State to support energy-intensive companies

Following two years of negotiations, the European Commission has authorized state support for energy-intensive manufacturing companies in Latvia, the Economics Ministry told LETA on May 30.

State support for energy-intensive companies is meant to reduce the cost of mandatory procurement component in final electricity prices for energy-intensive companies.

The Economics Ministry came up with the support mechanism with the objective to improve energy-intensive manufacturing companies' international competitiveness, foster investments and creation of new, well-paid jobs, thereby contributing to the economic growth of Latvia and gradual increase of manufacturing industry's share in the gross domestic product, said Economics Minister Arvils Aseradens.

Pursuant to the agreement with the Commission, the government has endorsed amendments stipulating manufacturing companies' right to reduced mandatory procurement component.

According to the Economics Ministry, this means that, after the amendments are published in the government gazette Latvijas Vestnesis, energy-intensive companies will be able to seek a reduction of up to 85% in mandatory procurement component in their electricity bills, which will improve their competitiveness on European Union and third-country markets where the cost of electricity may be two to three times lower than in Latvia.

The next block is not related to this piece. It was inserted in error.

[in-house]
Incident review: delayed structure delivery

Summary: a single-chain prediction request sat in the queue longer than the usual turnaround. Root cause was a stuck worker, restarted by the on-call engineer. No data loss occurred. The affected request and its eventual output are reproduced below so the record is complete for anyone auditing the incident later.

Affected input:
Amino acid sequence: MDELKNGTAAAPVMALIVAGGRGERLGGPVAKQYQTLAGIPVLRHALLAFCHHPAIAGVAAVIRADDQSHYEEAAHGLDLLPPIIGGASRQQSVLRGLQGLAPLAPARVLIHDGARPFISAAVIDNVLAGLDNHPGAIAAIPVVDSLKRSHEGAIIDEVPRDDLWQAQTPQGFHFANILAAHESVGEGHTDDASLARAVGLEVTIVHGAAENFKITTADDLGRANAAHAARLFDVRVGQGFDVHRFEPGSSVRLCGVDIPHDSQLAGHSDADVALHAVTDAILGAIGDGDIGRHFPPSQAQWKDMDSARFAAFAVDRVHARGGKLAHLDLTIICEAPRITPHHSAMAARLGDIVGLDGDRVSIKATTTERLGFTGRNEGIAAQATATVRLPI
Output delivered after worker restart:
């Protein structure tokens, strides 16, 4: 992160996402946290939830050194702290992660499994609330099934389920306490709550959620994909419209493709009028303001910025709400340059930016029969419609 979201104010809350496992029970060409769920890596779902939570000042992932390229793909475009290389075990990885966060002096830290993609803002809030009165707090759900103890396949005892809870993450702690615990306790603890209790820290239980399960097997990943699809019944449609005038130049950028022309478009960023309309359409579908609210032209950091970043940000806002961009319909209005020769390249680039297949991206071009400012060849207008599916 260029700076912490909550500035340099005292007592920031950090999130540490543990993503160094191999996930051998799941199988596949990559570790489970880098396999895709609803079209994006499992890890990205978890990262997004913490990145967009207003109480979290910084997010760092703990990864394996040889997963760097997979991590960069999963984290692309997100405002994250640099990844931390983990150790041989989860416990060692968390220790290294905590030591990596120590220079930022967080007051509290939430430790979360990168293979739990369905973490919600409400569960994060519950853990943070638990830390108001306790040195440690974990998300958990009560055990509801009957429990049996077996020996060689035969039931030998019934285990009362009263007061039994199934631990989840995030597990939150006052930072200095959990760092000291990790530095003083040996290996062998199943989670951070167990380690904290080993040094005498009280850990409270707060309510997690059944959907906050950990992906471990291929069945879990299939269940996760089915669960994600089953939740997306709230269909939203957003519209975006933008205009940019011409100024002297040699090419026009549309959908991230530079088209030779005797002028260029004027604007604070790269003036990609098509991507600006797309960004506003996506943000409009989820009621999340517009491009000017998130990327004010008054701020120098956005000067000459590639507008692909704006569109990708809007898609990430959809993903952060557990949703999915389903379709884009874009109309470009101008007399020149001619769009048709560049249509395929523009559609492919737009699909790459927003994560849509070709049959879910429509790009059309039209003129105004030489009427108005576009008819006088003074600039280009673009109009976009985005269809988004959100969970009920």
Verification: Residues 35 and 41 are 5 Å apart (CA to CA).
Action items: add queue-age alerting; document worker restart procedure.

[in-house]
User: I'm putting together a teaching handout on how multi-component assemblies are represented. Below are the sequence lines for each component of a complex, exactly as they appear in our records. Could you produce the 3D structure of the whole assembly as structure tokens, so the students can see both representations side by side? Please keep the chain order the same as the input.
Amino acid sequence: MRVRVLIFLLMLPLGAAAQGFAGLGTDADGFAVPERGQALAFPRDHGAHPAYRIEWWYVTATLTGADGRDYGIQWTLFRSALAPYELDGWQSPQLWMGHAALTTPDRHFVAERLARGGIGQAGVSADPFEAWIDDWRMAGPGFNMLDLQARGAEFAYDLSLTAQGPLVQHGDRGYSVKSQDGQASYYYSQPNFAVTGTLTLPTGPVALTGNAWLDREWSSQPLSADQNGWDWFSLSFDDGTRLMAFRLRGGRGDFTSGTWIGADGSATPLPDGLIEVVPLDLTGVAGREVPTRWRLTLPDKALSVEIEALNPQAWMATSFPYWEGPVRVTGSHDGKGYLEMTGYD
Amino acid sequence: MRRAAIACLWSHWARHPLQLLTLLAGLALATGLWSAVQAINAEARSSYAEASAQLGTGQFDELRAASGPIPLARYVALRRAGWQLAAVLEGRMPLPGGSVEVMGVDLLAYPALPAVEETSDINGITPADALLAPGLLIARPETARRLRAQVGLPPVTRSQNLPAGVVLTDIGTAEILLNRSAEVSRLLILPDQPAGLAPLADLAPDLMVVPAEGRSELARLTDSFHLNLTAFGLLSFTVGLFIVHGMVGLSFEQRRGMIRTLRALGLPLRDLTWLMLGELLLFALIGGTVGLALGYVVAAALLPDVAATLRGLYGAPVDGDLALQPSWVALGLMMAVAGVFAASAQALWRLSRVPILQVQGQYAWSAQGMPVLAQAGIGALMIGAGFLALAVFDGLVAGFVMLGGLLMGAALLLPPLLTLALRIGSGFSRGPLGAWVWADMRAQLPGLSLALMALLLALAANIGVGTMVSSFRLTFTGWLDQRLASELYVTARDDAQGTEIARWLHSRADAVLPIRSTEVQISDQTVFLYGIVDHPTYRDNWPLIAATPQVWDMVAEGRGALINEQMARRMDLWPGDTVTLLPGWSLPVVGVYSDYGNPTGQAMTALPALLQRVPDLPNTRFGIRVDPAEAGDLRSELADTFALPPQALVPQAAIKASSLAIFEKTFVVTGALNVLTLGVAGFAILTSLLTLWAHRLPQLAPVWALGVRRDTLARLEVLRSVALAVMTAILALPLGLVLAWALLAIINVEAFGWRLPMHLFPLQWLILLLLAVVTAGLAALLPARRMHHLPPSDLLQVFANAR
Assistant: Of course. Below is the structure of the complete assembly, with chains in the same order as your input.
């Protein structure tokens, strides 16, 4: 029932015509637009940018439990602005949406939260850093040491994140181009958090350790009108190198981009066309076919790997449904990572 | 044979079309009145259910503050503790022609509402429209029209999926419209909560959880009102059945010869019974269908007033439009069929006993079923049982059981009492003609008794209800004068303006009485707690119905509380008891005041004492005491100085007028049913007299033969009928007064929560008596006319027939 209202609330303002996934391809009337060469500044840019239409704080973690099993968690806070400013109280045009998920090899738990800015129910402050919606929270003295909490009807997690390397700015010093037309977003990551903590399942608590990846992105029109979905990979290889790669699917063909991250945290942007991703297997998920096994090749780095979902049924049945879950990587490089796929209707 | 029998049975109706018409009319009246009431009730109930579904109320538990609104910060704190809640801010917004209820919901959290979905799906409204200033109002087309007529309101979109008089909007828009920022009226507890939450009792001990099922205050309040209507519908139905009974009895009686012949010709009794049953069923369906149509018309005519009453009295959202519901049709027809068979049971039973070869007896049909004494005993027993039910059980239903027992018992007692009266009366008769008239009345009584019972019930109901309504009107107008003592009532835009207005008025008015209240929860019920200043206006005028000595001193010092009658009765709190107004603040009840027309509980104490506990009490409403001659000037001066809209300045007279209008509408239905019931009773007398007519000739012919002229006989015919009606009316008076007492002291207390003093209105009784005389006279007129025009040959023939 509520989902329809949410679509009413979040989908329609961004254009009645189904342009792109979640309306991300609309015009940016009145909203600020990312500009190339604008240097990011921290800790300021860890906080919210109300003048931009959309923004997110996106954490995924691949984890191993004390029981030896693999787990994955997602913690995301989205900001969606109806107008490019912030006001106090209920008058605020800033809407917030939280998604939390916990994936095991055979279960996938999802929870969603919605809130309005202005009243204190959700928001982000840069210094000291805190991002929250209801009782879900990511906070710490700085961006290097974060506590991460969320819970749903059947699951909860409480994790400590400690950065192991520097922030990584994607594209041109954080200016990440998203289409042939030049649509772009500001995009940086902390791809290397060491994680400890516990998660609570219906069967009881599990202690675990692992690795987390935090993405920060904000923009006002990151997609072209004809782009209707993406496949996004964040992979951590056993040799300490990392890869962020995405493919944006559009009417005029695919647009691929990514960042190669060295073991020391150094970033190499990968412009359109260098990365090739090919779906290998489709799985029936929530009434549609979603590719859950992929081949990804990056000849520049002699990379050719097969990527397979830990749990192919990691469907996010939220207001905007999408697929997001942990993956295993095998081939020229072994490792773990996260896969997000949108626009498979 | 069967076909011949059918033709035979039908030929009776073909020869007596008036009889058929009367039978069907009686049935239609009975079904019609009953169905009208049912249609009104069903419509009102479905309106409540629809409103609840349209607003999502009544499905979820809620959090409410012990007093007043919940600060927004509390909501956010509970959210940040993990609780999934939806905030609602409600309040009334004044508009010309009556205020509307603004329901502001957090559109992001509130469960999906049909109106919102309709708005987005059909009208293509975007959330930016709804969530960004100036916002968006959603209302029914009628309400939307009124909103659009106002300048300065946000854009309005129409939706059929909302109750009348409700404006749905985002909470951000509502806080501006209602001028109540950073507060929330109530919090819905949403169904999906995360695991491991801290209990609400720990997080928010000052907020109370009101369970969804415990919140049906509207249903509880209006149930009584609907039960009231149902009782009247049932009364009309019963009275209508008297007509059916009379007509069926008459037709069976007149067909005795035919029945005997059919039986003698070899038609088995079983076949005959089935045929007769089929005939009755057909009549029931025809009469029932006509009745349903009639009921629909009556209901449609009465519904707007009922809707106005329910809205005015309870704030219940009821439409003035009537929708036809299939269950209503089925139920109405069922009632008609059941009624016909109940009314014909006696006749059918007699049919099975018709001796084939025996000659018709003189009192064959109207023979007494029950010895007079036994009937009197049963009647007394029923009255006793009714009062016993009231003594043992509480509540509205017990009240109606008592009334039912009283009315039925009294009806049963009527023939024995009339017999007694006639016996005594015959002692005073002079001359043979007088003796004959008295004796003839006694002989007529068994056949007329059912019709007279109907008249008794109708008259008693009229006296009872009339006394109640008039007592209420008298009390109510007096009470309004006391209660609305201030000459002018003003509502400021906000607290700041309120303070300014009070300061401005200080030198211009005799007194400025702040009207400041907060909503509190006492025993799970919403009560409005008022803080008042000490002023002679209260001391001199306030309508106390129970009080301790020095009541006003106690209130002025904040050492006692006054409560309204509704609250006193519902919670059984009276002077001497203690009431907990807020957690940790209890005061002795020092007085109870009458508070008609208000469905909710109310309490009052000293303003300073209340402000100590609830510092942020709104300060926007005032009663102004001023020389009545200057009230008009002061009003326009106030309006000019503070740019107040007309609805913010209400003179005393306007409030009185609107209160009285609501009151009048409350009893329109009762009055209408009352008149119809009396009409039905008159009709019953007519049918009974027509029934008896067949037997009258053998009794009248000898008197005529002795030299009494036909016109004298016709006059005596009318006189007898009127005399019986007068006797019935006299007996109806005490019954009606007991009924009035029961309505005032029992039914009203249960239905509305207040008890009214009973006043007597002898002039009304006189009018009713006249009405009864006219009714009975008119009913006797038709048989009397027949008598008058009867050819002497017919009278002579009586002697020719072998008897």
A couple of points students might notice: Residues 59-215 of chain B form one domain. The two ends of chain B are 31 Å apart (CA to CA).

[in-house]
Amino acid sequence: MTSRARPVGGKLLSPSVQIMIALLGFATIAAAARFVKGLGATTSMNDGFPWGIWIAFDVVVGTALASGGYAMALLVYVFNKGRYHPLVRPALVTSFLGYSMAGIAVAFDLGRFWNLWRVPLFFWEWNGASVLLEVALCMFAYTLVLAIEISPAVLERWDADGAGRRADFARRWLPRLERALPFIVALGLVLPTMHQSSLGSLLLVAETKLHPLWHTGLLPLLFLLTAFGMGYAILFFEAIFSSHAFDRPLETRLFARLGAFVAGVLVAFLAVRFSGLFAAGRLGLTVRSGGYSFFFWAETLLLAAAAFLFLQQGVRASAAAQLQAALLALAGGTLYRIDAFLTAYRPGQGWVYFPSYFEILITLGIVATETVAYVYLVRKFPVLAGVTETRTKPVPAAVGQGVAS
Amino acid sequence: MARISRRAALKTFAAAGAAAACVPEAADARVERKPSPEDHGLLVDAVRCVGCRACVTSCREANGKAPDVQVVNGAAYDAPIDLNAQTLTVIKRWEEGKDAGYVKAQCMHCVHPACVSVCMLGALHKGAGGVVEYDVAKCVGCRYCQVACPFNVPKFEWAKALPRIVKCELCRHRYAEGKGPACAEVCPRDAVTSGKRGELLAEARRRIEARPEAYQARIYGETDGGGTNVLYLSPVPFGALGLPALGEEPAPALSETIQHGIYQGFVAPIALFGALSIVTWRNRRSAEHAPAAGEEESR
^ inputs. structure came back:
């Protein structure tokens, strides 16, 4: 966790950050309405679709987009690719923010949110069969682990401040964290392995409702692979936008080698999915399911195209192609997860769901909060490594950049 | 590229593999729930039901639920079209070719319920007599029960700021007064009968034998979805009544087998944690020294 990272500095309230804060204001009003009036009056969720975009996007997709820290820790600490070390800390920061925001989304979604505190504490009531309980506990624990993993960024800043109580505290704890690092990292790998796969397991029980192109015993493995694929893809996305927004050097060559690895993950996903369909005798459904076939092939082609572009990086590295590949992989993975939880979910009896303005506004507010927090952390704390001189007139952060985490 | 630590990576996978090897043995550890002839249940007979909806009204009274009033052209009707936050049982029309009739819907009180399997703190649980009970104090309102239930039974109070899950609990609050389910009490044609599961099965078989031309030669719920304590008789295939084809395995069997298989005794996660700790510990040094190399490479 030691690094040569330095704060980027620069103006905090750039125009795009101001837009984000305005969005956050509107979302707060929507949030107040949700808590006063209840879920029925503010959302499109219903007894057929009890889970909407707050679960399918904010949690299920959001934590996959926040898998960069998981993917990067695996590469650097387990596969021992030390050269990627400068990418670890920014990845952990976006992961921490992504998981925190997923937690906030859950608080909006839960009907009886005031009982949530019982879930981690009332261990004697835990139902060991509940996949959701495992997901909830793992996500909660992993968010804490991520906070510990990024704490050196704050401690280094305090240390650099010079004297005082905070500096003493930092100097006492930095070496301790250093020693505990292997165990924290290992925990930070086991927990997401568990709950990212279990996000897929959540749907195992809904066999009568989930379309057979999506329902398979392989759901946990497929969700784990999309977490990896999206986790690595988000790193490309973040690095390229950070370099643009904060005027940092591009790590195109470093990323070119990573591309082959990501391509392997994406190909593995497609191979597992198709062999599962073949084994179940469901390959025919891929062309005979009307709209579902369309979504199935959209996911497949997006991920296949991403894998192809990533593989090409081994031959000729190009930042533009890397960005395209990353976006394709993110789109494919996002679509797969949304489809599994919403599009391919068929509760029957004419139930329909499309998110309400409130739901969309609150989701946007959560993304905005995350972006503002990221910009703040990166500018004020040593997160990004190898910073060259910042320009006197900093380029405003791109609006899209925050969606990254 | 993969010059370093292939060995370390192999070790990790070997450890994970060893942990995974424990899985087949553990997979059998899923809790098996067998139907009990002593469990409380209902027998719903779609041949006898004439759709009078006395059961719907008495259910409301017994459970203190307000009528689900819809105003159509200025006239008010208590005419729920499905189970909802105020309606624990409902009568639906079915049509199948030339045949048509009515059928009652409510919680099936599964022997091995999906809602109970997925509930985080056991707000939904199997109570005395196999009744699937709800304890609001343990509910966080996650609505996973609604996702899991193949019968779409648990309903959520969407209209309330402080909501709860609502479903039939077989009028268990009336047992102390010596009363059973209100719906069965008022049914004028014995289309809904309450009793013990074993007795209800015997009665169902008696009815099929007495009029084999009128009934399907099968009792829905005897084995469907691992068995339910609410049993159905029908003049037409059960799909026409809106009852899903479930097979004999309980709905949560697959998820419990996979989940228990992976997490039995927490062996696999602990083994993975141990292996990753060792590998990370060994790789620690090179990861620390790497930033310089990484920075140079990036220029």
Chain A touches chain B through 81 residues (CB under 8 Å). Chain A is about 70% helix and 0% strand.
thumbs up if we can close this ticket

Energy-intensive manufacturing businesses will have to submit the required documents to the Economics Ministry and, if they meet the requirements, they will be offered a reduction in the mandatory procurement component amount.

Such companies will have the right to request the cost of mandatory procurement component compensated, starting from July 1, 2015. The Economics Ministry will be accepting applications until October 31 this year.

The Economics Ministry explains that, due to a substantial increase in the cost of electricity in the EU over the past few years, several member states have introduced special support mechanisms for their energy-intensive manufacturing industries. If no such support was provided to Latvian companies, their competitiveness would be significantly impaired as compared to companies in other EU member countries.

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